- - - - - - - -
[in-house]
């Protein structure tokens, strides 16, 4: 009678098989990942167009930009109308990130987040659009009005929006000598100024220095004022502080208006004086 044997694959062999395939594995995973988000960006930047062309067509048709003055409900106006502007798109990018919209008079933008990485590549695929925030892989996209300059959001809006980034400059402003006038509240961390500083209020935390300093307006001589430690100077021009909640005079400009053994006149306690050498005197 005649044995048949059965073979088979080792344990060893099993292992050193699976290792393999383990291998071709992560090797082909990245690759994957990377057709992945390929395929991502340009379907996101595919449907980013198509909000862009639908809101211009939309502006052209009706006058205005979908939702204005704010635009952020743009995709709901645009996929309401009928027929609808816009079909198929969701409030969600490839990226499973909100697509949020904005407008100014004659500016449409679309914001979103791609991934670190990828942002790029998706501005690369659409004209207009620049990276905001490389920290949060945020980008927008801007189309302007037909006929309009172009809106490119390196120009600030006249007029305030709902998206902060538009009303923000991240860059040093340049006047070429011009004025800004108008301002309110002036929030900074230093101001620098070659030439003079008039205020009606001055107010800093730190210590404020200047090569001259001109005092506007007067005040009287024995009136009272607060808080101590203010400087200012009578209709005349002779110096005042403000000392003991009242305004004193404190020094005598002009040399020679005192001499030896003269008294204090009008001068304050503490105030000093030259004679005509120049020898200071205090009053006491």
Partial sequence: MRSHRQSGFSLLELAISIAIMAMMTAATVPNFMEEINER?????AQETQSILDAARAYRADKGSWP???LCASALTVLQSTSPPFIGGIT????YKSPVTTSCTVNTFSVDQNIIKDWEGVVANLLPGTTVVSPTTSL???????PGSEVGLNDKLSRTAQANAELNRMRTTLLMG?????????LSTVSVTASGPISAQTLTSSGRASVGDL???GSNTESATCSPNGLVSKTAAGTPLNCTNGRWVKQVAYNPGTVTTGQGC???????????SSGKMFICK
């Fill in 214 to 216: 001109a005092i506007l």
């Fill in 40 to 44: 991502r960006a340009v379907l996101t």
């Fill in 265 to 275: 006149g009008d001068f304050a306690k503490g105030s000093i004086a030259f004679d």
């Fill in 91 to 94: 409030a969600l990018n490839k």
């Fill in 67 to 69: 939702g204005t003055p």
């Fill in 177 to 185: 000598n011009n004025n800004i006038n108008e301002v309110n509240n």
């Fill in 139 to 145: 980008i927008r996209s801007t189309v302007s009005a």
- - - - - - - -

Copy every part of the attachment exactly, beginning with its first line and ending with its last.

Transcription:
[in-house]
């Protein structure tokens, strides 16, 4: 009678098989990942167009930009109308990130987040659009009005929006000598100024220095004022502080208006004086 044997694959062999395939594995995973988000960006930047062309067509048709003055409900106006502007798109990018919209008079933008990485590549695929925030892989996209300059959001809006980034400059402003006038509240961390500083209020935390300093307006001589430690100077021009909640005079400009053994006149306690050498005197 005649044995048949059965073979088979080792344990060893099993292992050193699976290792393999383990291998071709992560090797082909990245690759994957990377057709992945390929395929991502340009379907996101595919449907980013198509909000862009639908809101211009939309502006052209009706006058205005979908939702204005704010635009952020743009995709709901645009996929309401009928027929609808816009079909198929969701409030969600490839990226499973909100697509949020904005407008100014004659500016449409679309914001979103791609991934670190990828942002790029998706501005690369659409004209207009620049990276905001490389920290949060945020980008927008801007189309302007037909006929309009172009809106490119390196120009600030006249007029305030709902998206902060538009009303923000991240860059040093340049006047070429011009004025800004108008301002309110002036929030900074230093101001620098070659030439003079008039205020009606001055107010800093730190210590404020200047090569001259001109005092506007007067005040009287024995009136009272607060808080101590203010400087200012009578209709005349002779110096005042403000000392003991009242305004004193404190020094005598002009040399020679005192001499030896003269008294204090009008001068304050503490105030000093030259004679005509120049020898200071205090009053006491």
Partial sequence: MRSHRQSGFSLLELAISIAIMAMMTAATVPNFMEEINER?????AQETQSILDAARAYRADKGSWP???LCASALTVLQSTSPPFIGGIT????YKSPVTTSCTVNTFSVDQNIIKDWEGVVANLLPGTTVVSPTTSL???????PGSEVGLNDKLSRTAQANAELNRMRTTLLMG?????????LSTVSVTASGPISAQTLTSSGRASVGDL???GSNTESATCSPNGLVSKTAAGTPLNCTNGRWVKQVAYNPGTVTTGQGC???????????SSGKMFICK
């Fill in 214 to 216: 001109a005092i506007l």
């Fill in 40 to 44: 991502r960006a340009v379907l996101t």
């Fill in 265 to 275: 006149g009008d001068f304050a306690k503490g105030s000093i004086a030259f004679d």
């Fill in 91 to 94: 409030a969600l990018n490839k």
């Fill in 67 to 69: 939702g204005t003055p």
């Fill in 177 to 185: 000598n011009n004025n800004i006038n108008e301002v309110n509240n």
């Fill in 139 to 145: 980008i927008r996209s801007t189309v302007s009005a």